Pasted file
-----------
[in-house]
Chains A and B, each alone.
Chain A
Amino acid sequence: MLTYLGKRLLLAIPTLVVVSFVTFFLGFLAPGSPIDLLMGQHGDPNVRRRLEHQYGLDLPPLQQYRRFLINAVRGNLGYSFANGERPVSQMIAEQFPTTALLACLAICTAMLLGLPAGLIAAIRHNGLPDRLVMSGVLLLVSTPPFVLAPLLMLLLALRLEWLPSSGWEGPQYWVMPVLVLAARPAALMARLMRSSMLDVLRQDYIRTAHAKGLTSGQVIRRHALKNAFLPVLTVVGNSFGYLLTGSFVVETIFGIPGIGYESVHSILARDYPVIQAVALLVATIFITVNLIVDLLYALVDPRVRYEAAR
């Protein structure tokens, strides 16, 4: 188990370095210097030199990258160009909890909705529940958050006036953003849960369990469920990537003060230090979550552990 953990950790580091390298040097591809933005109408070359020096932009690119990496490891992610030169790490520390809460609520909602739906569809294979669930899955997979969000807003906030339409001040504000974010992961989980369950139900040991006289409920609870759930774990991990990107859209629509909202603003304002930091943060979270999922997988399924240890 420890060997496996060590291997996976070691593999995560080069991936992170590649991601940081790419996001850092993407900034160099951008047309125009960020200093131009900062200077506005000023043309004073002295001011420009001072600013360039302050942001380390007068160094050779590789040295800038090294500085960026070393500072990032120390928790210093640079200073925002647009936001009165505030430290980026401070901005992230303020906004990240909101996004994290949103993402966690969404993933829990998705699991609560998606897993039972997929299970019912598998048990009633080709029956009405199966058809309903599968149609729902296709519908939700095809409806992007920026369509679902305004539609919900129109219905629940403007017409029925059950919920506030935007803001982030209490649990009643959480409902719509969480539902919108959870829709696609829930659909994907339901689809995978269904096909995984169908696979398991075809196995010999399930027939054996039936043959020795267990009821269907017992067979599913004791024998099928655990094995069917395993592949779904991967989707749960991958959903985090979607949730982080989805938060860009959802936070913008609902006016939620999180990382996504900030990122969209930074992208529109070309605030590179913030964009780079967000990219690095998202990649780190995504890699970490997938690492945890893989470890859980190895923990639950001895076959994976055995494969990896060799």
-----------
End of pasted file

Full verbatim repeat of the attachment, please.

[in-house]
Chains A and B, each alone.
Chain A
Amino acid sequence: MLTYLGKRLLLAIPTLVVVSFVTFFLGFLAPGSPIDLLMGQHGDPNVRRRLEHQYGLDLPPLQQYRRFLINAVRGNLGYSFANGERPVSQMIAEQFPTTALLACLAICTAMLLGLPAGLIAAIRHNGLPDRLVMSGVLLLVSTPPFVLAPLLMLLLALRLEWLPSSGWEGPQYWVMPVLVLAARPAALMARLMRSSMLDVLRQDYIRTAHAKGLTSGQVIRRHALKNAFLPVLTVVGNSFGYLLTGSFVVETIFGIPGIGYESVHSILARDYPVIQAVALLVATIFITVNLIVDLLYALVDPRVRYEAAR
């Protein structure tokens, strides 16, 4: 188990370095210097030199990258160009909890909705529940958050006036953003849960369990469920990537003060230090979550552990 953990950790580091390298040097591809933005109408070359020096932009690119990496490891992610030169790490520390809460609520909602739906569809294979669930899955997979969000807003906030339409001040504000974010992961989980369950139900040991006289409920609870759930774990991990990107859209629509909202603003304002930091943060979270999922997988399924240890 420890060997496996060590291997996976070691593999995560080069991936992170590649991601940081790419996001850092993407900034160099951008047309125009960020200093131009900062200077506005000023043309004073002295001011420009001072600013360039302050942001380390007068160094050779590789040295800038090294500085960026070393500072990032120390928790210093640079200073925002647009936001009165505030430290980026401070901005992230303020906004990240909101996004994290949103993402966690969404993933829990998705699991609560998606897993039972997929299970019912598998048990009633080709029956009405199966058809309903599968149609729902296709519908939700095809409806992007920026369509679902305004539609919900129109219905629940403007017409029925059950919920506030935007803001982030209490649990009643959480409902719509969480539902919108959870829709696609829930659909994907339901689809995978269904096909995984169908696979398991075809196995010999399930027939054996039936043959020795267990009821269907017992067979599913004791024998099928655990094995069917395993592949779904991967989707749960991958959903985090979607949730982080989805938060860009959802936070913008609902006016939620999180990382996504900030990122969209930074992208529109070309605030590179913030964009780079967000990219690095998202990649780190995504890699970490997938690492945890893989470890859980190895923990639950001895076959994976055995494969990896060799």